16 How to Use This Book When you re reading this book, note these points: Words in bold print are explained in the glossary, which starts on page 117. The forms at the back of this book can help you and your health care team keep records of your care. On pages , you ll find a list of health organizations that you can call, write, or for more information about diabetes. When we say health care team, we include all the people who work with you to help manage your diabetes: primary doctor, dietitian, nurse, diabetes educator, counselor, foot doctor, eye doctor, dentist, pharmacist, community health worker, and others. The chapters in this book deal with many topics. You may first want to read the parts that deal with your own special concerns. Take your time reading this book. There s a lot to read, but you don t have to read it all at once.
17 Keeping Records You can use this book to keep some records about your health. The forms to write down details about your health begin on page 79. You can cut out these pages to take with you on your diabetes care visits. You may also want to make extra copies to use in the future. Go over these records often with your health care team. Keeping track of your health is one of the ways you can work together to control your diabetes. On page 109, write down the names and telephone numbers of your health care team. There s enough room on these pages to write questions and other points you want to remember when you go to your visits every 4 to 6 months. On page 116, you may want to write down some contacts for community groups that deal with diabetes. Your Health Care Providers Primary Doctor Dr. B. Harper Name: Telephone number: Your questions: What was my last A1C result? When is my next eye exam due? Important points: Aim for glucose before eating. Less hours after beginning to eat. Check my feet every day. _ Write down the things you want to discuss with your health care team.
18 What Is Diabetes? Most of the food we eat is turned into glucose (sugar) for our bodies to use for energy. The pancreas, an organ near the stomach, makes a hormone called insulin to help glucose get into our body cells. When you have diabetes, your body either doesn t make enough insulin or can t use its own insulin very well. This problem causes glucose to build up in your blood. Diabetes means that a person s blood sugar is too high. Your blood always has some sugar in it because the body needs sugar for energy to keep you going. But too much sugar in the blood can cause serious damage to the eyes, kidneys, nerves, and heart. Signs and Symptoms of Diabetes You may recall having some of these signs before you found out you had diabetes: Being very thirsty. Urinating a lot often at night. Having blurry vision from time to time. Feeling very tired much of the time. Losing weight without trying. Having very dry skin. Having sores that are slow to heal.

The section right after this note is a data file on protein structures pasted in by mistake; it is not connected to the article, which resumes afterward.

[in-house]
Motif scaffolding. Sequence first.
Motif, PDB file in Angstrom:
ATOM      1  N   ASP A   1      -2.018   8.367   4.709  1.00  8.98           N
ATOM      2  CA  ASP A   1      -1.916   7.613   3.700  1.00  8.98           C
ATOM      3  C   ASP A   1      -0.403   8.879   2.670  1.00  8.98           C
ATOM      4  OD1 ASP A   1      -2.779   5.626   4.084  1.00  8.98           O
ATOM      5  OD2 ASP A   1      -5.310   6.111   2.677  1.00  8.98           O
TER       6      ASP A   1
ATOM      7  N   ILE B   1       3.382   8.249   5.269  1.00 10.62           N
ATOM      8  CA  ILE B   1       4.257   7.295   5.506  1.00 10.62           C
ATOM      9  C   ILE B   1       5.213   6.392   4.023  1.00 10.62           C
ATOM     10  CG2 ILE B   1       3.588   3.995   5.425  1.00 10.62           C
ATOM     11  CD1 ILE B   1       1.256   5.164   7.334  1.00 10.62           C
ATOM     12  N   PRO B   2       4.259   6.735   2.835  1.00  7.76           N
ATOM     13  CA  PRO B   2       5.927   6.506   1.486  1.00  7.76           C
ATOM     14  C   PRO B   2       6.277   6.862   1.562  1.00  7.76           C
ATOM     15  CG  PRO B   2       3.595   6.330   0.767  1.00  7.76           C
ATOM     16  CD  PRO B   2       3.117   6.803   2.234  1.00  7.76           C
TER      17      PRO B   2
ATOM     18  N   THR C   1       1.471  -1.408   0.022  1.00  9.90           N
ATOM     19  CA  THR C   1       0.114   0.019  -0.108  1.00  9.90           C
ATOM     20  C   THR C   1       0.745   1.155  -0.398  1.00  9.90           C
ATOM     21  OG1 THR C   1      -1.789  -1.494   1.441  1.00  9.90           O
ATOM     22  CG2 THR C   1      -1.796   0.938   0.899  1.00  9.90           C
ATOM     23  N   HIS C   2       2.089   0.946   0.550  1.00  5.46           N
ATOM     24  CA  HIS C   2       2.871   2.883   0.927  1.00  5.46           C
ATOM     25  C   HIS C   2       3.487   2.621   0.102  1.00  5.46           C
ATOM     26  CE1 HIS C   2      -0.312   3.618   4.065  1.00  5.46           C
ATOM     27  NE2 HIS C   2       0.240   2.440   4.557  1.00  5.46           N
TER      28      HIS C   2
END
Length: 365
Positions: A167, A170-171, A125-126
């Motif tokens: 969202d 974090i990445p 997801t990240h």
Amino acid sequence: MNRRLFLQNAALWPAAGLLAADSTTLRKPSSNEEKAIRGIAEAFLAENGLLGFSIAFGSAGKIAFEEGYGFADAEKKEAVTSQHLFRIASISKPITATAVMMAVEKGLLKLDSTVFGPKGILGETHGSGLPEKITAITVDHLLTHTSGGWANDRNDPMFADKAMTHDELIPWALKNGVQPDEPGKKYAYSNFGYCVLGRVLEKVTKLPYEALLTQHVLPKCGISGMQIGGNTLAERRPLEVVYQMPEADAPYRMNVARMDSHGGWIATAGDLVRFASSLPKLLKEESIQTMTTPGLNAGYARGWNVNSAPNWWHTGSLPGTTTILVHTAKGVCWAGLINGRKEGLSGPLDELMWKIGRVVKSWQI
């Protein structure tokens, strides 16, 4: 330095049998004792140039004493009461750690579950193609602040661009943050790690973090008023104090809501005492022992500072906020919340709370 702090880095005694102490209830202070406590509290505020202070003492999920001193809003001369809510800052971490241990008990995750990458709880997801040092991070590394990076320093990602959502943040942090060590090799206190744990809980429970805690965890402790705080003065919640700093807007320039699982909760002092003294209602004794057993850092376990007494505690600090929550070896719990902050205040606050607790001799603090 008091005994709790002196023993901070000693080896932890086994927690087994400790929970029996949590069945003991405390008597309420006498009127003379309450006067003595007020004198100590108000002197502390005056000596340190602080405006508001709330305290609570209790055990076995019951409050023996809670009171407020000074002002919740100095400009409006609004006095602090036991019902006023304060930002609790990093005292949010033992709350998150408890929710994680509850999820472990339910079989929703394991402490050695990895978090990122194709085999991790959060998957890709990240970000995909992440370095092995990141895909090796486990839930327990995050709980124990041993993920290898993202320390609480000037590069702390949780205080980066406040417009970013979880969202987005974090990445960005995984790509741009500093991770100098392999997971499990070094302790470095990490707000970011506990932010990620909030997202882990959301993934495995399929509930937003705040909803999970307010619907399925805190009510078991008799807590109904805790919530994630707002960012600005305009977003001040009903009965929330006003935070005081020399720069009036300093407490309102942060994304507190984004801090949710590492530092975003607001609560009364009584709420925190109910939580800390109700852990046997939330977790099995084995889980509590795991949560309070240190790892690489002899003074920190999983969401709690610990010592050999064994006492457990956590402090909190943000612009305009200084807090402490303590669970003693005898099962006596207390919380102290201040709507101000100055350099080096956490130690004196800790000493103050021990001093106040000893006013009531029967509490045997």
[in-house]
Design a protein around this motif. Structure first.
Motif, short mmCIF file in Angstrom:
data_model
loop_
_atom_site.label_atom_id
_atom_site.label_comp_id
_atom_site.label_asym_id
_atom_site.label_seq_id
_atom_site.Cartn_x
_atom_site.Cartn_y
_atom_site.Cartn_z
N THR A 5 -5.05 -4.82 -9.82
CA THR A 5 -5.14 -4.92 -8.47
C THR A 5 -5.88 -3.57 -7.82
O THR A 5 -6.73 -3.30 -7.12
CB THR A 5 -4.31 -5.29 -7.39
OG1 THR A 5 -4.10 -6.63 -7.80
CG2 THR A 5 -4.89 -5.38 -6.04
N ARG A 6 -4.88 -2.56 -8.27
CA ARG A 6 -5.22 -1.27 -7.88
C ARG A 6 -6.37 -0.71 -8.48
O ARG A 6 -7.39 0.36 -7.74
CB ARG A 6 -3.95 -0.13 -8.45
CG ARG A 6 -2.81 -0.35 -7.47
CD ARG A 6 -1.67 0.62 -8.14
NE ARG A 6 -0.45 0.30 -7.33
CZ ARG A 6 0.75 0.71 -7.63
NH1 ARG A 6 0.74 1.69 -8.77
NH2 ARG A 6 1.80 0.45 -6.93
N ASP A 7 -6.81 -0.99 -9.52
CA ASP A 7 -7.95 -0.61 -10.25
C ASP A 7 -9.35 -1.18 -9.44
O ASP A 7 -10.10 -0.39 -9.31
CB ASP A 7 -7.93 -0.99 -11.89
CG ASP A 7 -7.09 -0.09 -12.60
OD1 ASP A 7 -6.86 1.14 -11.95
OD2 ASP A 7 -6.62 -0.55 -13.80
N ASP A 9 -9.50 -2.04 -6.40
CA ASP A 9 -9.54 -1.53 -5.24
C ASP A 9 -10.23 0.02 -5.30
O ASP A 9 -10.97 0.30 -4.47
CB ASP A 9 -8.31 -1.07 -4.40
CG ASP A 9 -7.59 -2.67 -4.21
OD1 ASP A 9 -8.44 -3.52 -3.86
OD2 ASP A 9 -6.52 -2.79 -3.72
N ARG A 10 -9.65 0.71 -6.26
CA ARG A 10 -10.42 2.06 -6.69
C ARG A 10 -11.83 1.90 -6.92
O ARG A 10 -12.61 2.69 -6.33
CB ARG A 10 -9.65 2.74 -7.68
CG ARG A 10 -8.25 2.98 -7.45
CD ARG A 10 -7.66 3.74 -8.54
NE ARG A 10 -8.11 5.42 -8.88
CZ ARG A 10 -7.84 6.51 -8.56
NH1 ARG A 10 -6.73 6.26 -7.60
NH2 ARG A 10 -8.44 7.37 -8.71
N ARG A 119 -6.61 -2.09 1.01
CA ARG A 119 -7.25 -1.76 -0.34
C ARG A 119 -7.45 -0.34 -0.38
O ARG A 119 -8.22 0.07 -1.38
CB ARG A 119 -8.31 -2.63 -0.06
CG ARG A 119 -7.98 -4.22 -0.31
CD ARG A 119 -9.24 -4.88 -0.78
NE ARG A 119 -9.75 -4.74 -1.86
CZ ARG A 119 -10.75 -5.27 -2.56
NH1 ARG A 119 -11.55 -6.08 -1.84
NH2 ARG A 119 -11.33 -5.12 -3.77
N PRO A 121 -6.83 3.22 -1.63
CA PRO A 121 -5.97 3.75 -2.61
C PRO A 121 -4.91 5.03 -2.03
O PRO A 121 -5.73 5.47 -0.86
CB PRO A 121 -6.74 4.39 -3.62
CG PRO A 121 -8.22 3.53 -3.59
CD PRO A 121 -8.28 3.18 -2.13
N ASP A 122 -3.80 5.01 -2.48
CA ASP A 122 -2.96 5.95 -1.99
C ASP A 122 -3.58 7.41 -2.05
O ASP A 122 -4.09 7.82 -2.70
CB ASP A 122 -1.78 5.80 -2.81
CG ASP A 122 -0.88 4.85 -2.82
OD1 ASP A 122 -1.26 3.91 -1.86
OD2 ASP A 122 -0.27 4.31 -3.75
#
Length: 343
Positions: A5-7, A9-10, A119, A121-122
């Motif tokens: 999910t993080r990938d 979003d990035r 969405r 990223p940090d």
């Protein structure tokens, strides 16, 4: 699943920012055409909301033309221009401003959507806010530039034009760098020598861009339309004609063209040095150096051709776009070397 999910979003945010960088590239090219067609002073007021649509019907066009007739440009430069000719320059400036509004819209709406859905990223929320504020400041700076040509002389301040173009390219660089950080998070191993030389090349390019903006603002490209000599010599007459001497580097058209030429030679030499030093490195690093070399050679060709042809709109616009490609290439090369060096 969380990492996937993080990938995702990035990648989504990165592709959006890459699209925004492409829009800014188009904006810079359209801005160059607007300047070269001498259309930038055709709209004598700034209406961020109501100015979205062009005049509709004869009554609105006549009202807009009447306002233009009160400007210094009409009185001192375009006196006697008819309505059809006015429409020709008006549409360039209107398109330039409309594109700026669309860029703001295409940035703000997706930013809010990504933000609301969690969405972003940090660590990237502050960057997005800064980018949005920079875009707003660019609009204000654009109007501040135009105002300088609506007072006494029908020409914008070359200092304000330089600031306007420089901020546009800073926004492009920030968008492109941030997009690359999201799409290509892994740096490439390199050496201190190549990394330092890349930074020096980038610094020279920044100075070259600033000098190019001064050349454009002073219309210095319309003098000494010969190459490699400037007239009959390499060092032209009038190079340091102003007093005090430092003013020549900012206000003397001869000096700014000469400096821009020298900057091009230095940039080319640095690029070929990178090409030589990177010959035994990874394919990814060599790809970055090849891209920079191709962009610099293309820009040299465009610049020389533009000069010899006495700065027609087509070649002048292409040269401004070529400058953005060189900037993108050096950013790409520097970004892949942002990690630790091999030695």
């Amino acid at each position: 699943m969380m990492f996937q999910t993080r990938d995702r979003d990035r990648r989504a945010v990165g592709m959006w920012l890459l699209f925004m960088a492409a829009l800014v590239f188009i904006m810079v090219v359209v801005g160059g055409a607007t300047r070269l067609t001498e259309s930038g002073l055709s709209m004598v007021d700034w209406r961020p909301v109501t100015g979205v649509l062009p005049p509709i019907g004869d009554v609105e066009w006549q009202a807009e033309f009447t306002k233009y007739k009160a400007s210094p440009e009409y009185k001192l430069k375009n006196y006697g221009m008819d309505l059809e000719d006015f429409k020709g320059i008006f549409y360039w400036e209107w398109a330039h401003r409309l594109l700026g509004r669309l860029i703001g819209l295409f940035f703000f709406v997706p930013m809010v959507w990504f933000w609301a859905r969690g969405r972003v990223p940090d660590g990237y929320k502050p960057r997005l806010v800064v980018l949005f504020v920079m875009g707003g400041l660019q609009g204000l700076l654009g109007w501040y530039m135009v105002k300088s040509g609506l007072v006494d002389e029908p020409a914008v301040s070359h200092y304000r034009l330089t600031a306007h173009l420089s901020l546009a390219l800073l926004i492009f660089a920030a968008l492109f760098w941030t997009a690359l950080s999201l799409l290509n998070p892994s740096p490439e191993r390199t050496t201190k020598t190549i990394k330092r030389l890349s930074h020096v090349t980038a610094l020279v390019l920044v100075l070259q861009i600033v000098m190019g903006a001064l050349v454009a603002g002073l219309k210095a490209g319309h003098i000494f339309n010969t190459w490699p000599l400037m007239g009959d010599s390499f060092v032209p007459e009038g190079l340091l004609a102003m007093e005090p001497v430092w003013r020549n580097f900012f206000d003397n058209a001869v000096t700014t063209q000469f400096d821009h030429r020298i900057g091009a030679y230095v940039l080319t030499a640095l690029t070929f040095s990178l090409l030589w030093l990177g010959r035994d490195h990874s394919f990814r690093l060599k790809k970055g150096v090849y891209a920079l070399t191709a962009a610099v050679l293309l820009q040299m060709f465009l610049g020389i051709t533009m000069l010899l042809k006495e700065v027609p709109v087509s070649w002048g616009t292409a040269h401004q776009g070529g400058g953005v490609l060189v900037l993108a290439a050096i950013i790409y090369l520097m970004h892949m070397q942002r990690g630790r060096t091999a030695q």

19 Getting more infections than usual. Losing feeling or getting a tingling feeling in the feet. Vomiting. Types of Diabetes There are two main types of diabetes: Type 1. Type 2. Another type of diabetes appears during pregnancy in some women. It s called gestational diabetes. See page 75 to learn more about this type of diabetes. One out of 10 people with diabetes has type 1 diabetes. These people usually find out they have diabetes when they are children or young adults. People with type 1 diabetes must inject insulin every day to live. The pancreas of a person with type 1 makes little or no insulin. Scientists are learning more about what causes the body to attack its own beta cells of the pancreas (an autoimmune process) and stop making insulin in people with certain sets of genes.
20 Whether you have type 1 or type 2 diabetes, work closely with your health care provider. Most people with diabetes 9 out of 10 have type 2 diabetes. The pancreas of people with type 2 diabetes keeps making insulin for some time, but the body can t use it very well. Most people with type 2 find out about their diabetes after age 30 or 40. Certain risk factors make people more likely to develop type 2 diabetes. Some of these are A family history of diabetes. Lack of exercise. Weighing too much. Being of African American, American Indian, Alaska Native, Hispanic/Latino, or Asian/Pacific Islander heritage. Gestational diabetes history. 10